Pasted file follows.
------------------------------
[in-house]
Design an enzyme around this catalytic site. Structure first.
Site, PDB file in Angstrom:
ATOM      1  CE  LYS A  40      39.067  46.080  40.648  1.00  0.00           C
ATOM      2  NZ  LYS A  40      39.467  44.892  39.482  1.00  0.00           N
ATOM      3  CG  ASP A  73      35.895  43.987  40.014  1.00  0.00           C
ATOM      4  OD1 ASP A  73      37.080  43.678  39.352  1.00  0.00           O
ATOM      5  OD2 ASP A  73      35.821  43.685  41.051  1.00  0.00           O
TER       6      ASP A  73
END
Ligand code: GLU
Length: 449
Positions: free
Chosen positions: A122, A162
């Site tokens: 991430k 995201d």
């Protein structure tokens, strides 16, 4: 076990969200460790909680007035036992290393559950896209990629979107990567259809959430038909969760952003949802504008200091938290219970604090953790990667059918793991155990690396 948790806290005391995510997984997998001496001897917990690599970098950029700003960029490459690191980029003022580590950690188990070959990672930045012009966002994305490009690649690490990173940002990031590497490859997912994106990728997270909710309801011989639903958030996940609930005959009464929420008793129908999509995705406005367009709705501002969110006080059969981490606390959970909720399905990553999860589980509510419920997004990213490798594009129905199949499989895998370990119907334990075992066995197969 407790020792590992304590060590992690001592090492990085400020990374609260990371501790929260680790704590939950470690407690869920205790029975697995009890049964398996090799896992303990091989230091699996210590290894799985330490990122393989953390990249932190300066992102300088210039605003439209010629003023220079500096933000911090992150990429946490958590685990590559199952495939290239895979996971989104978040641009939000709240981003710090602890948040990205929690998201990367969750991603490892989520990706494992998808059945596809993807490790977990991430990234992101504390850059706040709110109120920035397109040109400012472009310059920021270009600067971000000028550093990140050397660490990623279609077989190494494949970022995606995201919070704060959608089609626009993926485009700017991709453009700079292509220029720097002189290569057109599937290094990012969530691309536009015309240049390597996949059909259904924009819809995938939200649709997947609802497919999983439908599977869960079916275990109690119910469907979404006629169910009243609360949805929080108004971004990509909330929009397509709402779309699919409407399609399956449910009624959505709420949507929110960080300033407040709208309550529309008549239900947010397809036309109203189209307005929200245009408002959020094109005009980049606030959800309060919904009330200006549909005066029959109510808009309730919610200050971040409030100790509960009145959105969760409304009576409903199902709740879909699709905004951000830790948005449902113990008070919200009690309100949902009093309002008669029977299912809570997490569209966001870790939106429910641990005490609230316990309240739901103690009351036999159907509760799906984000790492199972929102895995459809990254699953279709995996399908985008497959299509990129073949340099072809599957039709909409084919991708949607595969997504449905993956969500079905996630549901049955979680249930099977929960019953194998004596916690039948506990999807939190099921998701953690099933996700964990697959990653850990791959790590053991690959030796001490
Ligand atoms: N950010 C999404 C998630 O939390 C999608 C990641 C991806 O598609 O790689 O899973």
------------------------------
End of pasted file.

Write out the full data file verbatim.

[in-house]
Design an enzyme around this catalytic site. Structure first.
Site, PDB file in Angstrom:
ATOM      1  CE  LYS A  40      39.067  46.080  40.648  1.00  0.00           C
ATOM      2  NZ  LYS A  40      39.467  44.892  39.482  1.00  0.00           N
ATOM      3  CG  ASP A  73      35.895  43.987  40.014  1.00  0.00           C
ATOM      4  OD1 ASP A  73      37.080  43.678  39.352  1.00  0.00           O
ATOM      5  OD2 ASP A  73      35.821  43.685  41.051  1.00  0.00           O
TER       6      ASP A  73
END
Ligand code: GLU
Length: 449
Positions: free
Chosen positions: A122, A162
């Site tokens: 991430k 995201d």
């Protein structure tokens, strides 16, 4: 076990969200460790909680007035036992290393559950896209990629979107990567259809959430038909969760952003949802504008200091938290219970604090953790990667059918793991155990690396 948790806290005391995510997984997998001496001897917990690599970098950029700003960029490459690191980029003022580590950690188990070959990672930045012009966002994305490009690649690490990173940002990031590497490859997912994106990728997270909710309801011989639903958030996940609930005959009464929420008793129908999509995705406005367009709705501002969110006080059969981490606390959970909720399905990553999860589980509510419920997004990213490798594009129905199949499989895998370990119907334990075992066995197969 407790020792590992304590060590992690001592090492990085400020990374609260990371501790929260680790704590939950470690407690869920205790029975697995009890049964398996090799896992303990091989230091699996210590290894799985330490990122393989953390990249932190300066992102300088210039605003439209010629003023220079500096933000911090992150990429946490958590685990590559199952495939290239895979996971989104978040641009939000709240981003710090602890948040990205929690998201990367969750991603490892989520990706494992998808059945596809993807490790977990991430990234992101504390850059706040709110109120920035397109040109400012472009310059920021270009600067971000000028550093990140050397660490990623279609077989190494494949970022995606995201919070704060959608089609626009993926485009700017991709453009700079292509220029720097002189290569057109599937290094990012969530691309536009015309240049390597996949059909259904924009819809995938939200649709997947609802497919999983439908599977869960079916275990109690119910469907979404006629169910009243609360949805929080108004971004990509909330929009397509709402779309699919409407399609399956449910009624959505709420949507929110960080300033407040709208309550529309008549239900947010397809036309109203189209307005929200245009408002959020094109005009980049606030959800309060919904009330200006549909005066029959109510808009309730919610200050971040409030100790509960009145959105969760409304009576409903199902709740879909699709905004951000830790948005449902113990008070919200009690309100949902009093309002008669029977299912809570997490569209966001870790939106429910641990005490609230316990309240739901103690009351036999159907509760799906984000790492199972929102895995459809990254699953279709995996399908985008497959299509990129073949340099072809599957039709909409084919991708949607595969997504449905993956969500079905996630549901049955979680249930099977929960019953194998004596916690039948506990999807939190099921998701953690099933996700964990697959990653850990791959790590053991690959030796001490
Ligand atoms: N950010 C999404 C998630 O939390 C999608 C990641 C991806 O598609 O790689 O899973």